Physiospot continues to send me good articles that tends to get my interest rolling.  I have mentioned the site before in prior posts.  Kudos to Rachel Lowe for getting this on the web.

A recent email brought the attention to an article examining the intra- and inter-examiner variability of performing the Tinel’s Test.  The conclusion basically sums of what any thoughts I have of it…total bull.

Agreeing with conclusions once again, the sensitivity and specificity is so variable that I wouldn’t trust doing it on myself.  I have taken it out of my routine as the 10 seconds it takes is a waste of time.

Honestly, I think the test is overrated.  No offense to Jules Tinel but it seems like if we tap on anything in the body and distal neurological symptoms occur, we consider it positive and jump to conclusions as if we found the diagnosis!

For example, we usually perform the Tinel’s (percussion) test on the wrist to reproduce paresthesias along median nerve distribution for CTS.  However, according to Cook & Hegedus, 29 studies have been performed showing variations in number of taps, pressure of taps, tapping object (hammer, finger), position of wrist (extension, neutral, etc) and comparison to criterion standard.  The sensitivity, specificity, LR+, LR- & diagnostic values were all over the board. Frankly, it does nothing in the clinic and of no diagnostic value.  This was even found in 1979, 30 years later…why do we still do it!?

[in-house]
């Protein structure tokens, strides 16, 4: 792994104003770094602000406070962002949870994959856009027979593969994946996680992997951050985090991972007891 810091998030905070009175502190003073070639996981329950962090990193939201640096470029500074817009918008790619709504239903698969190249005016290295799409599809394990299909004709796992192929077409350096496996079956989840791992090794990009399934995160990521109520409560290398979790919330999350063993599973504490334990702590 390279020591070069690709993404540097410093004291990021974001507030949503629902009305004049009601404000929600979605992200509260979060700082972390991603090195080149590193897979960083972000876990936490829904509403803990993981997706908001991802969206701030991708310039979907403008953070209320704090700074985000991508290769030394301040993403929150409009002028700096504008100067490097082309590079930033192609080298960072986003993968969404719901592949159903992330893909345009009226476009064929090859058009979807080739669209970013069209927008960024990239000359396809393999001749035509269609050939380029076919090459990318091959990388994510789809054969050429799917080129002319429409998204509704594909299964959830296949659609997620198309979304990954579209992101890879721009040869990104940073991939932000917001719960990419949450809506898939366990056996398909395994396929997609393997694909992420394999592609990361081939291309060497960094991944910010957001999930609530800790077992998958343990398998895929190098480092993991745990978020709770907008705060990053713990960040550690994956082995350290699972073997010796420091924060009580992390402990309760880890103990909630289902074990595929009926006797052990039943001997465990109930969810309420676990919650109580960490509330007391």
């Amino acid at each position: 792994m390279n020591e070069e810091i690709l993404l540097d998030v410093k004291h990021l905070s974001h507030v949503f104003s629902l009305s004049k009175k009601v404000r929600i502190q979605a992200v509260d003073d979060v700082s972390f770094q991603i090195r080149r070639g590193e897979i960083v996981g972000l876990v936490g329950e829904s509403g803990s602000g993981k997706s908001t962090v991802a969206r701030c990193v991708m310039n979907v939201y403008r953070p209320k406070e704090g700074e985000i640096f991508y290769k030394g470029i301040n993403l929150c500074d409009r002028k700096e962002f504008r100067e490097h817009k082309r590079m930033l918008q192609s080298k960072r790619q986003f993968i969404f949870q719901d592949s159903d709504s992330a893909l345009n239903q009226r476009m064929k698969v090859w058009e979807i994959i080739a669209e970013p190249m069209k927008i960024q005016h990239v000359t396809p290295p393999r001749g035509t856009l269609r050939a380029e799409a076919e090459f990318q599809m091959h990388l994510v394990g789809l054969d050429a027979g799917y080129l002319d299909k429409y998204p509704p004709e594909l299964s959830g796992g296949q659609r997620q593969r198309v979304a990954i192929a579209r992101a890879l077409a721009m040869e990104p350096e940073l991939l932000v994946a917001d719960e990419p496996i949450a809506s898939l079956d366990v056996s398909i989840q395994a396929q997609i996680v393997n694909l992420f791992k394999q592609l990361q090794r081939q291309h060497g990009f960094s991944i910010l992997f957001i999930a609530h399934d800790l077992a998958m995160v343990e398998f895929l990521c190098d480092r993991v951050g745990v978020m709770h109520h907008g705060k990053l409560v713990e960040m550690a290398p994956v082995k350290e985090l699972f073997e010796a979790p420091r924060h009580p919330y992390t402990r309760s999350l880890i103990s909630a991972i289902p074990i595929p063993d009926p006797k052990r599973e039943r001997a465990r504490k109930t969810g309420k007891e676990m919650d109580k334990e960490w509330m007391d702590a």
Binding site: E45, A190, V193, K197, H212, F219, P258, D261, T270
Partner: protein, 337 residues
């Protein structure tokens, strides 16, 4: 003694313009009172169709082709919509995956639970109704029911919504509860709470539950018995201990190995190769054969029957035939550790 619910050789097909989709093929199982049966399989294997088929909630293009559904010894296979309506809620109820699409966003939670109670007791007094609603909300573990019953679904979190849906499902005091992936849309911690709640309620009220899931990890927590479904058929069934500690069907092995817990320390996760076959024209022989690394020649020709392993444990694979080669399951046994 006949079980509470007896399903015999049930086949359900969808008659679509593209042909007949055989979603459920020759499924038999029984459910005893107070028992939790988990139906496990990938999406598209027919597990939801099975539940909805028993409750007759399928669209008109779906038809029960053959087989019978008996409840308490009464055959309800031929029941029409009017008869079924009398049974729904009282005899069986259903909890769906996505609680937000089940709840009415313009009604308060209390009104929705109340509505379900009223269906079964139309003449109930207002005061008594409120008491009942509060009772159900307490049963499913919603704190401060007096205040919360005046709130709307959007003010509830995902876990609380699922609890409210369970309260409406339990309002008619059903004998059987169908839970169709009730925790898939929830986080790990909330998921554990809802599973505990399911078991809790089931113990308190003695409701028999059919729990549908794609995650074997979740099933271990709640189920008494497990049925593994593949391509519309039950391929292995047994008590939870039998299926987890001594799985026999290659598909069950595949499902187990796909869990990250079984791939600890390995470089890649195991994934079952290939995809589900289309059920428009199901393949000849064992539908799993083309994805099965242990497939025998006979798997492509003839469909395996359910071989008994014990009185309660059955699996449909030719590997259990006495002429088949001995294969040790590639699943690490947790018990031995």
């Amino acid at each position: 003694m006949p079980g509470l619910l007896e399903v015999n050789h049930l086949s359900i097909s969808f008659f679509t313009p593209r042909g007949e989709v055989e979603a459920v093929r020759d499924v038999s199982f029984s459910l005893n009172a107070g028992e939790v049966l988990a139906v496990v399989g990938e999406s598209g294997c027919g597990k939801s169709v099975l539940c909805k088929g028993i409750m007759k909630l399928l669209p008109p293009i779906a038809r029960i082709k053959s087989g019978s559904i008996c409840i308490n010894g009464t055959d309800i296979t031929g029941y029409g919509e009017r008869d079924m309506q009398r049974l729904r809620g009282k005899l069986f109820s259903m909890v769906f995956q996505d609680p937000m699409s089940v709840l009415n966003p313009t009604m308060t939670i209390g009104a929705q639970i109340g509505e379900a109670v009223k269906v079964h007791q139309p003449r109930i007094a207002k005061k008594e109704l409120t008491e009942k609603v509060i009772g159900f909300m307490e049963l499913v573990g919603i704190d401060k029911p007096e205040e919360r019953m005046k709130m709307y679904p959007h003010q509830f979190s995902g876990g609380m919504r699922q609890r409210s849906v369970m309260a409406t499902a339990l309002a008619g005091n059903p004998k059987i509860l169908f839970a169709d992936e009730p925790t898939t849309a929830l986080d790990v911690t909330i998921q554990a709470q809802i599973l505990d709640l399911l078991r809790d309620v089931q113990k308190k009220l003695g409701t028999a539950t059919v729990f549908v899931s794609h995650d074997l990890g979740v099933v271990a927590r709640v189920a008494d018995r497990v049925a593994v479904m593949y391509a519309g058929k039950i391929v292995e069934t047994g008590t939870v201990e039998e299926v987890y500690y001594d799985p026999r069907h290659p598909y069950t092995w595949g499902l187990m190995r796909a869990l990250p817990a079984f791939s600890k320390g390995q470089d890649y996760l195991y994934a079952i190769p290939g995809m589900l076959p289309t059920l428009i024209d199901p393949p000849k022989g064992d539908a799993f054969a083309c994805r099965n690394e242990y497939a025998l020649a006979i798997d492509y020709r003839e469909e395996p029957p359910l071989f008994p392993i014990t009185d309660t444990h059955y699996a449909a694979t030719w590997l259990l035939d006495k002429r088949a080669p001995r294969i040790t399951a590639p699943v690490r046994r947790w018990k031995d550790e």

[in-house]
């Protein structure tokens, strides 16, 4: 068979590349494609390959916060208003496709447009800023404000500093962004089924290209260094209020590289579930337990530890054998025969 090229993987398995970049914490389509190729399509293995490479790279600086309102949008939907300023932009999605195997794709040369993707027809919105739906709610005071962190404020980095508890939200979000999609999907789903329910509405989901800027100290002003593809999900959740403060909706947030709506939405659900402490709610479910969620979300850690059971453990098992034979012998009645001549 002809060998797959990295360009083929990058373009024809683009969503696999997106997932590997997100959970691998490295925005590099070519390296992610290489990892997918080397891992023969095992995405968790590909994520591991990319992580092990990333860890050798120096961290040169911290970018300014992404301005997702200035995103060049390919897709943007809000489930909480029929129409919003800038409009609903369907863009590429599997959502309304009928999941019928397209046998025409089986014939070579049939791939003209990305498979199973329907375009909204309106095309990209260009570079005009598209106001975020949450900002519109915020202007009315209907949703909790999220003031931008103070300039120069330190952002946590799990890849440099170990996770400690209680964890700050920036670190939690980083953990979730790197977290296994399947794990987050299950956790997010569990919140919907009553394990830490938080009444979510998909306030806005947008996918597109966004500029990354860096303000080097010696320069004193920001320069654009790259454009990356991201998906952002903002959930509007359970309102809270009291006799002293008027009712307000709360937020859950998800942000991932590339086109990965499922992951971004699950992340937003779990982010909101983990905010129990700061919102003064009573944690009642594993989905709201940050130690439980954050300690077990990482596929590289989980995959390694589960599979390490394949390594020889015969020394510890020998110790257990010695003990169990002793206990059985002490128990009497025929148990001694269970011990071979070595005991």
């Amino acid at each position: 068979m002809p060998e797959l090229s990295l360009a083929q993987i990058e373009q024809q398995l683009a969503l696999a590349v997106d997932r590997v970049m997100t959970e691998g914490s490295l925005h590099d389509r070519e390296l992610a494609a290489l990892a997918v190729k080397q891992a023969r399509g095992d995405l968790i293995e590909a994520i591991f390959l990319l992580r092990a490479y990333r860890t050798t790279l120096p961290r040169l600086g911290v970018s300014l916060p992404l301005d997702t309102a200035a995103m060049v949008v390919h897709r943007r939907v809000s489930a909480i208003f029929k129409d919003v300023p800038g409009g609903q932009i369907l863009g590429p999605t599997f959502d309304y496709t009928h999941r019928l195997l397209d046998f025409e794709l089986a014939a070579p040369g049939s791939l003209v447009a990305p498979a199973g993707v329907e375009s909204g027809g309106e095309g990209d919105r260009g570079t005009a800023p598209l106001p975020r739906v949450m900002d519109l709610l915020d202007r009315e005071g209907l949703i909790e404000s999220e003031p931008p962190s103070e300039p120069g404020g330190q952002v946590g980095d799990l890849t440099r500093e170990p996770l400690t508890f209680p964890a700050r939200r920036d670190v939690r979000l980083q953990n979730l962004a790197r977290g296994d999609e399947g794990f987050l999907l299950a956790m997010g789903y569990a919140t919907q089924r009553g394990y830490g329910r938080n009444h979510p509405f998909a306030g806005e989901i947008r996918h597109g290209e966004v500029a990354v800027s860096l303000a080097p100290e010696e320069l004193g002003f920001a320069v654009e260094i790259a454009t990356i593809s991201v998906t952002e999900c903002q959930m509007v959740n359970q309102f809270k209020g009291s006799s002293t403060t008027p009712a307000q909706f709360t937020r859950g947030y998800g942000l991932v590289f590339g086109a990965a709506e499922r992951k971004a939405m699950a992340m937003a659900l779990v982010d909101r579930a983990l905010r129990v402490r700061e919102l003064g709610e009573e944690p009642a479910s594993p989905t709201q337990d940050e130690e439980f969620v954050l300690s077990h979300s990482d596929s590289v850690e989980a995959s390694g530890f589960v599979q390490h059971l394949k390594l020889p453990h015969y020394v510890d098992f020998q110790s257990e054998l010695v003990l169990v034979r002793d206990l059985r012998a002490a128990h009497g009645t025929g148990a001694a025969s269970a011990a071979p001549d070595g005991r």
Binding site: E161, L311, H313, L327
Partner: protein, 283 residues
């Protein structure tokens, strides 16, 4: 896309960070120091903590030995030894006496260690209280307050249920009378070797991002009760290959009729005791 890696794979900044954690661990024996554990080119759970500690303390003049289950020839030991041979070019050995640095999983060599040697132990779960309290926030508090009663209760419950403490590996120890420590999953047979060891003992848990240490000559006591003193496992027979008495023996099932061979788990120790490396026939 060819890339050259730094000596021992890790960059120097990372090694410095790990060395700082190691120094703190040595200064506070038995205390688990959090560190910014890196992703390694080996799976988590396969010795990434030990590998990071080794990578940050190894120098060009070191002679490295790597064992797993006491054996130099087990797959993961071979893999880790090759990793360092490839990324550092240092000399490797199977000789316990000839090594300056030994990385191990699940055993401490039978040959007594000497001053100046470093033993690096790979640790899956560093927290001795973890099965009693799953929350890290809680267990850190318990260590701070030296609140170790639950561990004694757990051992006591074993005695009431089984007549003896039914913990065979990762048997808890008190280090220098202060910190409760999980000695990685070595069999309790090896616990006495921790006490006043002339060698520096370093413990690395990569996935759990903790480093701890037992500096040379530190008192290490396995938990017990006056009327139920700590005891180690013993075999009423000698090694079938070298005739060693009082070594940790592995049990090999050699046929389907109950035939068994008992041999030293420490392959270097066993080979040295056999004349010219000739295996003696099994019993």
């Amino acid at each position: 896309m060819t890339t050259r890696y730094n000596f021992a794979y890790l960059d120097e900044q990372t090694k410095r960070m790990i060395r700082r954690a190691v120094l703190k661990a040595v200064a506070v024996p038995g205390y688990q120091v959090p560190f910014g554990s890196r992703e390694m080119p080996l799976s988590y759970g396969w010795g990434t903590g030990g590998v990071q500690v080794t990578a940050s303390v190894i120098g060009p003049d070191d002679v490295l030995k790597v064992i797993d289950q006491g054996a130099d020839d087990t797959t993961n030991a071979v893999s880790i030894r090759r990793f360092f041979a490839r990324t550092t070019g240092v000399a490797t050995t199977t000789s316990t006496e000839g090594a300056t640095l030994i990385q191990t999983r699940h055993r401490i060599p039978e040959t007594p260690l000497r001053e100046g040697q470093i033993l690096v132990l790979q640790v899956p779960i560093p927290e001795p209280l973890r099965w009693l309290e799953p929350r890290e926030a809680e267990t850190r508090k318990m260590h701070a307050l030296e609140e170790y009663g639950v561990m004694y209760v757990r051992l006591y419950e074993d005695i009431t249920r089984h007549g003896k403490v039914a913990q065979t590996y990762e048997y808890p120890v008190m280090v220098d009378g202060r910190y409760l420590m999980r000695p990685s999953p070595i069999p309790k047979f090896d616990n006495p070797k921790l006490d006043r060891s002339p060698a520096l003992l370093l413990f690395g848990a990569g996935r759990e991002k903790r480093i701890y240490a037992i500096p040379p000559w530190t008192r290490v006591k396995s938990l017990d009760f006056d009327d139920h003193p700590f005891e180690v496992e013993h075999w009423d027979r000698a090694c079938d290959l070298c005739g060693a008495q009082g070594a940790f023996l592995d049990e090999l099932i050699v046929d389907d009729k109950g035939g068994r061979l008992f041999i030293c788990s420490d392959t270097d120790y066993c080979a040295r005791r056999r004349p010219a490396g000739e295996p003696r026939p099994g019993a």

What are your thoughts on the Tinel’s Test/Sign?  Do you find it to be diagnostic?

Cook C, Hegedus E.  Orthopedic Physical Examination Tests: An Evidence-Based Approach.  Prentice Hall.  2007.

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